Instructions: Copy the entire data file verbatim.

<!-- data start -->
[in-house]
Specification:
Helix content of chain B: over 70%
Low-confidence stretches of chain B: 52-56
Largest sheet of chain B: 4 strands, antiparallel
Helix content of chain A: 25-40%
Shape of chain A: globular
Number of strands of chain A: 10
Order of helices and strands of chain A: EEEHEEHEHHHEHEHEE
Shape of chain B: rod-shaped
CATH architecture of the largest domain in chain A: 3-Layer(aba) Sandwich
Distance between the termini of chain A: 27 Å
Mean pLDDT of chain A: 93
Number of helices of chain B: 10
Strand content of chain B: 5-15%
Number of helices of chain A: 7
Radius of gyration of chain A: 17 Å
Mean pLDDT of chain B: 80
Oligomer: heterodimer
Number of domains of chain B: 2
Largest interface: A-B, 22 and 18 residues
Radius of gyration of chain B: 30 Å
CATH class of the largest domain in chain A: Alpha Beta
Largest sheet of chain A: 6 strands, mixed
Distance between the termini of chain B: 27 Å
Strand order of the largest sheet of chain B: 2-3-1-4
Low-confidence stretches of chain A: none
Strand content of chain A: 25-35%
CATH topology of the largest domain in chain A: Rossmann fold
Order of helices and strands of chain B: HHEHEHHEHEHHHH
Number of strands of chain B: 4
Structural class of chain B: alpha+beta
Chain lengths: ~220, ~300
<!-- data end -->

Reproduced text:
[in-house]
Specification:
Helix content of chain B: over 70%
Low-confidence stretches of chain B: 52-56
Largest sheet of chain B: 4 strands, antiparallel
Helix content of chain A: 25-40%
Shape of chain A: globular
Number of strands of chain A: 10
Order of helices and strands of chain A: EEEHEEHEHHHEHEHEE
Shape of chain B: rod-shaped
CATH architecture of the largest domain in chain A: 3-Layer(aba) Sandwich
Distance between the termini of chain A: 27 Å
Mean pLDDT of chain A: 93
Number of helices of chain B: 10
Strand content of chain B: 5-15%
Number of helices of chain A: 7
Radius of gyration of chain A: 17 Å
Mean pLDDT of chain B: 80
Oligomer: heterodimer
Number of domains of chain B: 2
Largest interface: A-B, 22 and 18 residues
Radius of gyration of chain B: 30 Å
CATH class of the largest domain in chain A: Alpha Beta
Largest sheet of chain A: 6 strands, mixed
Distance between the termini of chain B: 27 Å
Strand order of the largest sheet of chain B: 2-3-1-4
Low-confidence stretches of chain A: none
Strand content of chain A: 25-35%
CATH topology of the largest domain in chain A: Rossmann fold
Order of helices and strands of chain B: HHEHEHHEHEHHHH
Number of strands of chain B: 4
Structural class of chain B: alpha+beta
Chain lengths: ~220, ~300